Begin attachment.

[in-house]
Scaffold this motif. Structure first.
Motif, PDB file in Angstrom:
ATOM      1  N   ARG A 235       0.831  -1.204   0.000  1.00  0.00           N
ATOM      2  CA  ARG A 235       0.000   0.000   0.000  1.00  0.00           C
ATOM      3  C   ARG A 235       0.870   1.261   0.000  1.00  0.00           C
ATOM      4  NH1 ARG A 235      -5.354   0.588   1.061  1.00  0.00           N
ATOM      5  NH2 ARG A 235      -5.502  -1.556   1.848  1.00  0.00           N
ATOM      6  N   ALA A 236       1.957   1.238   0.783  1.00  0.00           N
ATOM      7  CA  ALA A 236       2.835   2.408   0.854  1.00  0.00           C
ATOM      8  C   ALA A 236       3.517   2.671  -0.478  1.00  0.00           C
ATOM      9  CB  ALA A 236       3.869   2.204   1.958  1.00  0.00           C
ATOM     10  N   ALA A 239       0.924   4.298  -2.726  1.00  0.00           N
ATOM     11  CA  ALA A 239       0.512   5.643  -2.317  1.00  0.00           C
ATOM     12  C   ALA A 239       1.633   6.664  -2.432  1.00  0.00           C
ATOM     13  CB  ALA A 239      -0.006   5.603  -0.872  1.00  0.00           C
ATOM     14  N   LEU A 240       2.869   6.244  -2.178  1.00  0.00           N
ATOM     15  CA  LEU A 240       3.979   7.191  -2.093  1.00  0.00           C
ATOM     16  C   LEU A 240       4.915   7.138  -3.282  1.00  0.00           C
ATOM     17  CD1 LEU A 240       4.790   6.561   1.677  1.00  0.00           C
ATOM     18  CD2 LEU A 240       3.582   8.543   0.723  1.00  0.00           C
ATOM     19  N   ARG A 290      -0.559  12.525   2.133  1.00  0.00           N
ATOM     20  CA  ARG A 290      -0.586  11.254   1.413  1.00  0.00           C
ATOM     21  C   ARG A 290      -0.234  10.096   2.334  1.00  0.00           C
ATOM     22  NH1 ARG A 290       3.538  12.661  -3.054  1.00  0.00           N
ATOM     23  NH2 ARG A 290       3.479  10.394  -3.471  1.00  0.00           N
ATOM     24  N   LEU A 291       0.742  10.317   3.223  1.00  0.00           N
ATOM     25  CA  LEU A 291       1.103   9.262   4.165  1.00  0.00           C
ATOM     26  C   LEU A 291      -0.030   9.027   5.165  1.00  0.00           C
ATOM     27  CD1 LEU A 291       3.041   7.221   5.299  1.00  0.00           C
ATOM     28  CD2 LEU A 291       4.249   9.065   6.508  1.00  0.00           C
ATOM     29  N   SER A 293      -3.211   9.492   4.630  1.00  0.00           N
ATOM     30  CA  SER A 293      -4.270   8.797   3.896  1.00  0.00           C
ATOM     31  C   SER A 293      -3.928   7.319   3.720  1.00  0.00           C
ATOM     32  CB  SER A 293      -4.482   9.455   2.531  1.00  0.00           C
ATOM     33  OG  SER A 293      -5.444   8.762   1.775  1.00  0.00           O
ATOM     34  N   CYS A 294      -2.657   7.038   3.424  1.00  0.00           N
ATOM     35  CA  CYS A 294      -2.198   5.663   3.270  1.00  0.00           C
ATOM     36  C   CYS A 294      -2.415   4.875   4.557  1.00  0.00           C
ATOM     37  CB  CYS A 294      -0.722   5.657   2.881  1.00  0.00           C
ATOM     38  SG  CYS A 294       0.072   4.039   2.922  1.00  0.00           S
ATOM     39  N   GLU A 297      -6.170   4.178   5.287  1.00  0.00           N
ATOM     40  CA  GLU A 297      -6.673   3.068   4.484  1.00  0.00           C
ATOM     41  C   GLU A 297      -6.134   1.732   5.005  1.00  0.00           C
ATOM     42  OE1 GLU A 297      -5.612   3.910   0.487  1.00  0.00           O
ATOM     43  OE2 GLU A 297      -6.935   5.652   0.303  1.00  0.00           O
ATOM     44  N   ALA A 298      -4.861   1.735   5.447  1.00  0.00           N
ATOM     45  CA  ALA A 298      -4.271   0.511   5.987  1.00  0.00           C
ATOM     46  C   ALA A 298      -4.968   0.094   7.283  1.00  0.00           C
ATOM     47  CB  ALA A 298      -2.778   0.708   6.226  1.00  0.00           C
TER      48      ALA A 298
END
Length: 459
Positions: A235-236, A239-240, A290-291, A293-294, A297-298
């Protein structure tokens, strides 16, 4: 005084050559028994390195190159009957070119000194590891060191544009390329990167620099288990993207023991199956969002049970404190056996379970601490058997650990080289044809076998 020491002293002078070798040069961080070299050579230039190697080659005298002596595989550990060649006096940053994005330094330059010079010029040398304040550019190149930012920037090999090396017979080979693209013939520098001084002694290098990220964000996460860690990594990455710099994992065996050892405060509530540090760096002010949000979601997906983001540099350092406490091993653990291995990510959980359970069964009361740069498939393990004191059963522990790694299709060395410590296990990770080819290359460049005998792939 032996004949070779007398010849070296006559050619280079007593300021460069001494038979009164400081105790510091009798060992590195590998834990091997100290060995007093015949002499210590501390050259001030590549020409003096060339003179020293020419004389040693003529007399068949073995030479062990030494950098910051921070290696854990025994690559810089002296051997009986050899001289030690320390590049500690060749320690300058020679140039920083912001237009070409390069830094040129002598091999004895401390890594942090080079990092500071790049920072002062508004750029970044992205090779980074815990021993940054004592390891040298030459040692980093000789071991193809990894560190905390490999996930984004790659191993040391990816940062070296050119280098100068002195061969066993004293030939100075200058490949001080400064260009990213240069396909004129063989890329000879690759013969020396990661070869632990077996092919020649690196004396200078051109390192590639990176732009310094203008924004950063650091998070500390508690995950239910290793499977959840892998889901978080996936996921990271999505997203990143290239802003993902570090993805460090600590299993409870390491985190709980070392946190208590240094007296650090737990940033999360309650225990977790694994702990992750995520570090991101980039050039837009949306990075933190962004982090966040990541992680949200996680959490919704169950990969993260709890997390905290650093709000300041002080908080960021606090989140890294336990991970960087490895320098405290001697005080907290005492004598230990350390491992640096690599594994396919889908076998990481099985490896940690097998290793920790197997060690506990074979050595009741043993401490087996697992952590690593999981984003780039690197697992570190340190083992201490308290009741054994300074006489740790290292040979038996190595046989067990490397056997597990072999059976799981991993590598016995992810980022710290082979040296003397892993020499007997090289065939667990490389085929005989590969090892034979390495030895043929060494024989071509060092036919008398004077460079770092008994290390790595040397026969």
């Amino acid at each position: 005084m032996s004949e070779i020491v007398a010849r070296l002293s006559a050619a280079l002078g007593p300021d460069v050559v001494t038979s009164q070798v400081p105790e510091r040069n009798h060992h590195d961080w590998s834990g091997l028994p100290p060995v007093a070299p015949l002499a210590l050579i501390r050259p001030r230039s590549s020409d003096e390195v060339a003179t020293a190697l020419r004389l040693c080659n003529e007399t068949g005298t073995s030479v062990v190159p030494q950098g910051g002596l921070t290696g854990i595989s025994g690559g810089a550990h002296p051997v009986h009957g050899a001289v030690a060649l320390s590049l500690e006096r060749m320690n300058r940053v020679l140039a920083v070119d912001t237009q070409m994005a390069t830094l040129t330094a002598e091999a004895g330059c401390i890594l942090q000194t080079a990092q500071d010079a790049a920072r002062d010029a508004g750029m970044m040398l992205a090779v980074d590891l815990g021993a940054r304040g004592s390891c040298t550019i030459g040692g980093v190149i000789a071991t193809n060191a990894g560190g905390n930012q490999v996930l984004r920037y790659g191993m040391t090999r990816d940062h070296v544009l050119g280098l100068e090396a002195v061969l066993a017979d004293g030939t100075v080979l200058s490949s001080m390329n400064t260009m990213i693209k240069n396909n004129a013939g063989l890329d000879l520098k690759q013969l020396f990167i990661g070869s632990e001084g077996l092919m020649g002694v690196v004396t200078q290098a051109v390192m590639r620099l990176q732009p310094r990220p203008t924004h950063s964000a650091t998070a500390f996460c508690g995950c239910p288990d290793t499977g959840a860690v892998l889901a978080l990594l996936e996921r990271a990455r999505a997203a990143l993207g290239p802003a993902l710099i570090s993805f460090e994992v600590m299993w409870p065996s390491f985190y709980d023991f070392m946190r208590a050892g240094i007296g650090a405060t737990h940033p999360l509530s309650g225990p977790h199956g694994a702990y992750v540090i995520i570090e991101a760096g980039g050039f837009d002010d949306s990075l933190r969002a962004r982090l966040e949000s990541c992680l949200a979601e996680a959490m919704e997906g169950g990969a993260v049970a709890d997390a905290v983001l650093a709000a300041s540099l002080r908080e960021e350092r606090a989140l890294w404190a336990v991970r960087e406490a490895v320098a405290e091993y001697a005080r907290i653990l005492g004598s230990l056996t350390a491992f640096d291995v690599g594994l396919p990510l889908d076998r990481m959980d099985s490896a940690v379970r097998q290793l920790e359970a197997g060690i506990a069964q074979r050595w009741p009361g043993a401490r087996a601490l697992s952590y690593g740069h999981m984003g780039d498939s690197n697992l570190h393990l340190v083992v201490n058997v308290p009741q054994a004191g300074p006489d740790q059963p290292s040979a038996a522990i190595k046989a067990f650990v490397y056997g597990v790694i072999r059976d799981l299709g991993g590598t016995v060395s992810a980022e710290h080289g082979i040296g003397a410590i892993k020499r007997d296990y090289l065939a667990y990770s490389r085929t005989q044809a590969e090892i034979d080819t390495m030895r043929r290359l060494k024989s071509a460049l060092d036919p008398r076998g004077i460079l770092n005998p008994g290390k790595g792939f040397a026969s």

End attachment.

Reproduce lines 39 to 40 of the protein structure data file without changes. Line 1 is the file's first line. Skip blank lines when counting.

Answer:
ATOM     36  C   CYS A 294      -2.415   4.875   4.557  1.00  0.00           C
ATOM     37  CB  CYS A 294      -0.722   5.657   2.881  1.00  0.00           C